Clothing Swap Startup Tradesy Wants To Turn Every Woman’s Closet Into Currency

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The average woman has worn just 20% of her wardrobe in the last year, but continues to spend upwards of $6,000 year on new clothing and accessories, leaving many (including me) with a closet full of extra clothing. So the idea that you could start making money off of your unwanted clothes is compelling for many women. Today LA-based Tradesy is hoping to solve this problem by launching a peer-to-peer marketplace that allows women to trade clothes.

For sellers, Tradesy addresses pain points that have previously kept women from engaging in online fashion resale. Listing an item is free and takes 60 seconds or less, via web or mobile. In addition to posting images, sellers may also add video to their listings. The site also has a proprietary pricing recommendation engine that reflects what buyers are likely to pay for an item based on the designer, what’s selling on Tradesy, trending styles and condition.

Once an item is purchased, Tradesy manages the transaction and the shipping process, and accepts returns so that sellers don’t have to. When an item sells, Tradesy sends a prepaid shipping kit to the seller’s doorstep, with the buyer’s address already in place. Sellers are paid only once they’ve shipped their items, and their shipping tracking number is activated. Any seller who has misrepresented an item on Tradesy is banned, and the cost of the item is refunded in full to the buyer. A feedback system lets buyers rate and verify sellers, and buyers can re-list any item purchased on Tradesy with one click once they’re ready to part with it.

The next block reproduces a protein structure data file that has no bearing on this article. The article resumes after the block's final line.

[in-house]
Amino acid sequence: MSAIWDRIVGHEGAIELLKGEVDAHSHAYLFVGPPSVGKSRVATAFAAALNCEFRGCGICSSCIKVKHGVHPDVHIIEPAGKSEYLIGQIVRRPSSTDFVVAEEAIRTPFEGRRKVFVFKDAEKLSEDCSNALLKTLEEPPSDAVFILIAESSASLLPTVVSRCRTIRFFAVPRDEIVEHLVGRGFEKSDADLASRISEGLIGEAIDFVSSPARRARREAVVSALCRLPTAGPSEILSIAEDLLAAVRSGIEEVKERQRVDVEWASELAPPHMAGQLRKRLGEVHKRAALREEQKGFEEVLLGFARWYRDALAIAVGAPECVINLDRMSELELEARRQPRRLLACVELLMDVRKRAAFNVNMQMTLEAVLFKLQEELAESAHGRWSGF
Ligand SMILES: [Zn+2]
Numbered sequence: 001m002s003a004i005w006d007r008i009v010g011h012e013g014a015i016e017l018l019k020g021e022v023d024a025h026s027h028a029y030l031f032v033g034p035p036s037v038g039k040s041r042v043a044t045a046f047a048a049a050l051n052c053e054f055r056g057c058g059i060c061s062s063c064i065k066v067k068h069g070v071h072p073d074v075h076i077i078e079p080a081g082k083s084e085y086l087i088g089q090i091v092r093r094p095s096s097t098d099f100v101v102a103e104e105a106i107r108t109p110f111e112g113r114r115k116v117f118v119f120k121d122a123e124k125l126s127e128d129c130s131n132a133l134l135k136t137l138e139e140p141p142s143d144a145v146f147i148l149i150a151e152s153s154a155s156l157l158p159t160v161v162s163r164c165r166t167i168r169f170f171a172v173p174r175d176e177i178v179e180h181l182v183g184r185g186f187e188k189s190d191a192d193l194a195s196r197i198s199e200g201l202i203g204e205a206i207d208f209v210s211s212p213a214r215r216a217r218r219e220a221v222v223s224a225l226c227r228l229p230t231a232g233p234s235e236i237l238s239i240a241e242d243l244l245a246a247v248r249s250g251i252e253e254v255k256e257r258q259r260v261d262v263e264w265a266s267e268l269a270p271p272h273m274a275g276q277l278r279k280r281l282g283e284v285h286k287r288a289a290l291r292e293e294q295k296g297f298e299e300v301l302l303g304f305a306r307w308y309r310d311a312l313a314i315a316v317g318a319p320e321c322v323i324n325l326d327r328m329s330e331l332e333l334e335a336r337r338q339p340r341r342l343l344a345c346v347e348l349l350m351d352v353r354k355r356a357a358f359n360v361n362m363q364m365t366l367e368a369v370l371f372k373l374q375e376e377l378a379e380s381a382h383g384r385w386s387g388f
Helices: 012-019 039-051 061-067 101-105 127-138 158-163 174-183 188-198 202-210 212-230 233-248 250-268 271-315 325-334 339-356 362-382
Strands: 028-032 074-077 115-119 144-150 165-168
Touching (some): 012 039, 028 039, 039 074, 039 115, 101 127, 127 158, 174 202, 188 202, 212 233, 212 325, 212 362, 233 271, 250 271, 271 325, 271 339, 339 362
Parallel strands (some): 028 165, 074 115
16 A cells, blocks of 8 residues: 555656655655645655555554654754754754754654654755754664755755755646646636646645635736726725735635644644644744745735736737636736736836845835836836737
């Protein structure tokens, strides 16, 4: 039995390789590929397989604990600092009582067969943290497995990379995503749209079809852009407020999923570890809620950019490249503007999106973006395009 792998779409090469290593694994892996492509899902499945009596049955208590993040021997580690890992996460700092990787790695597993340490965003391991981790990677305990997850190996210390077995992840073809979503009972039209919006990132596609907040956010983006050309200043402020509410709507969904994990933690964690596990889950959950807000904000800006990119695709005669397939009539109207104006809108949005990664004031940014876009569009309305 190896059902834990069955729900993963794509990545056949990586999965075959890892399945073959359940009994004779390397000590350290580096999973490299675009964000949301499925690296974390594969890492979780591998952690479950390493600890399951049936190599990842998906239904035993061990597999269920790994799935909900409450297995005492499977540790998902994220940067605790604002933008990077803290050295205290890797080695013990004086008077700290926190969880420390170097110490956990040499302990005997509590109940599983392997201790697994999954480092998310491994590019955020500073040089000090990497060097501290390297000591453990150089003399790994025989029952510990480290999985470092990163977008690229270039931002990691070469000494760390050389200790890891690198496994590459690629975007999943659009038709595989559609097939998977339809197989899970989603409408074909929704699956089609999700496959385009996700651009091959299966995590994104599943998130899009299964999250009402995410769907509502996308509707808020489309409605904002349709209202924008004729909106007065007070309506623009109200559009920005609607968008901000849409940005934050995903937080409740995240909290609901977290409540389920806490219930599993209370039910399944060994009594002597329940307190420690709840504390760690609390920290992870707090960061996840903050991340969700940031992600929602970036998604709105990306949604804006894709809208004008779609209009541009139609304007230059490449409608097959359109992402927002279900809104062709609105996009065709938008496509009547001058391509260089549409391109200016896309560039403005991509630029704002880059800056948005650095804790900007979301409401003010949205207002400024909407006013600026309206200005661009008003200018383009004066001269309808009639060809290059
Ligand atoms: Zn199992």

Additionally, you can “follow” other women of a similar size and taste on Tradesy, and be alerted when an interested item is listed or marked down in price.

Tradesy’s founder, Tracy DiNunzio previously launched a marketplace for clothing, but in the wedding sector. Her site, Recycled Bride is one of the largest wedding-focused marketplaces for used gowns, jewelry and more.

Tradesy is also announcing they’ve raised $1.5 million in Series A funding from Rincon Venture Partners, 500 Startups, Dany Levy (the founder of DailyCandy), Daher Capital, Bee Partners, Double M Capital and Launchpad LA.

Tradesy isn’t the only company trying to help women sell clothes. Threadflip, and Poshmark are also playing in the space.